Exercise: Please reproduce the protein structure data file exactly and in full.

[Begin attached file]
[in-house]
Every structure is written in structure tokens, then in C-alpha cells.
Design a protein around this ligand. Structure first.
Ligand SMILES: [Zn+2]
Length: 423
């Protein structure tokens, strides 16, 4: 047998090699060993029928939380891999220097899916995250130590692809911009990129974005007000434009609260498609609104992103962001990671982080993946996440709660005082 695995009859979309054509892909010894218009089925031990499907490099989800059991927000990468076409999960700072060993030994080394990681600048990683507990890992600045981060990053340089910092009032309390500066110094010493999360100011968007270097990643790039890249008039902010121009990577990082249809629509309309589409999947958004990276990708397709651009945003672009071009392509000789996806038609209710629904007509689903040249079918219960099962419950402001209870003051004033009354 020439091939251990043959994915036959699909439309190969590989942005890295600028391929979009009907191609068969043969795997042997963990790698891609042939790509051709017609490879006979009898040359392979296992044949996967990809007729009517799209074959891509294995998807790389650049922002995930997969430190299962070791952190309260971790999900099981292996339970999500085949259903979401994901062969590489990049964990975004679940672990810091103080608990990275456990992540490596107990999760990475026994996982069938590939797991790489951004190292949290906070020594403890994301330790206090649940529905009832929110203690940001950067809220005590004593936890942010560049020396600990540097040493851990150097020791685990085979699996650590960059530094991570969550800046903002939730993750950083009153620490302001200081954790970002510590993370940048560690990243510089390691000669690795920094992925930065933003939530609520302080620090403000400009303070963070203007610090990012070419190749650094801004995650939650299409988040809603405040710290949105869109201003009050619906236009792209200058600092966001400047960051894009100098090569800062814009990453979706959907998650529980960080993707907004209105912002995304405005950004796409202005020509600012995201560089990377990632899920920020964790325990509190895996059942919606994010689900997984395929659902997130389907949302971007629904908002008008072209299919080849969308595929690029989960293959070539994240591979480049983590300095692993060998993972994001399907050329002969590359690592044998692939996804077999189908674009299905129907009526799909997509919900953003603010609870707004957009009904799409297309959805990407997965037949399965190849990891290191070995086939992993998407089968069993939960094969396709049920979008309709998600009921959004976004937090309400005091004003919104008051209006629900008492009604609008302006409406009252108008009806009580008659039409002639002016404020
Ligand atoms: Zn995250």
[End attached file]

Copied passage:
[in-house]
Every structure is written in structure tokens, then in C-alpha cells.
Design a protein around this ligand. Structure first.
Ligand SMILES: [Zn+2]
Length: 423
């Protein structure tokens, strides 16, 4: 047998090699060993029928939380891999220097899916995250130590692809911009990129974005007000434009609260498609609104992103962001990671982080993946996440709660005082 695995009859979309054509892909010894218009089925031990499907490099989800059991927000990468076409999960700072060993030994080394990681600048990683507990890992600045981060990053340089910092009032309390500066110094010493999360100011968007270097990643790039890249008039902010121009990577990082249809629509309309589409999947958004990276990708397709651009945003672009071009392509000789996806038609209710629904007509689903040249079918219960099962419950402001209870003051004033009354 020439091939251990043959994915036959699909439309190969590989942005890295600028391929979009009907191609068969043969795997042997963990790698891609042939790509051709017609490879006979009898040359392979296992044949996967990809007729009517799209074959891509294995998807790389650049922002995930997969430190299962070791952190309260971790999900099981292996339970999500085949259903979401994901062969590489990049964990975004679940672990810091103080608990990275456990992540490596107990999760990475026994996982069938590939797991790489951004190292949290906070020594403890994301330790206090649940529905009832929110203690940001950067809220005590004593936890942010560049020396600990540097040493851990150097020791685990085979699996650590960059530094991570969550800046903002939730993750950083009153620490302001200081954790970002510590993370940048560690990243510089390691000669690795920094992925930065933003939530609520302080620090403000400009303070963070203007610090990012070419190749650094801004995650939650299409988040809603405040710290949105869109201003009050619906236009792209200058600092966001400047960051894009100098090569800062814009990453979706959907998650529980960080993707907004209105912002995304405005950004796409202005020509600012995201560089990377990632899920920020964790325990509190895996059942919606994010689900997984395929659902997130389907949302971007629904908002008008072209299919080849969308595929690029989960293959070539994240591979480049983590300095692993060998993972994001399907050329002969590359690592044998692939996804077999189908674009299905129907009526799909997509919900953003603010609870707004957009009904799409297309959805990407997965037949399965190849990891290191070995086939992993998407089968069993939960094969396709049920979008309709998600009921959004976004937090309400005091004003919104008051209006629900008492009604609008302006409406009252108008009806009580008659039409002639002016404020
Ligand atoms: Zn995250």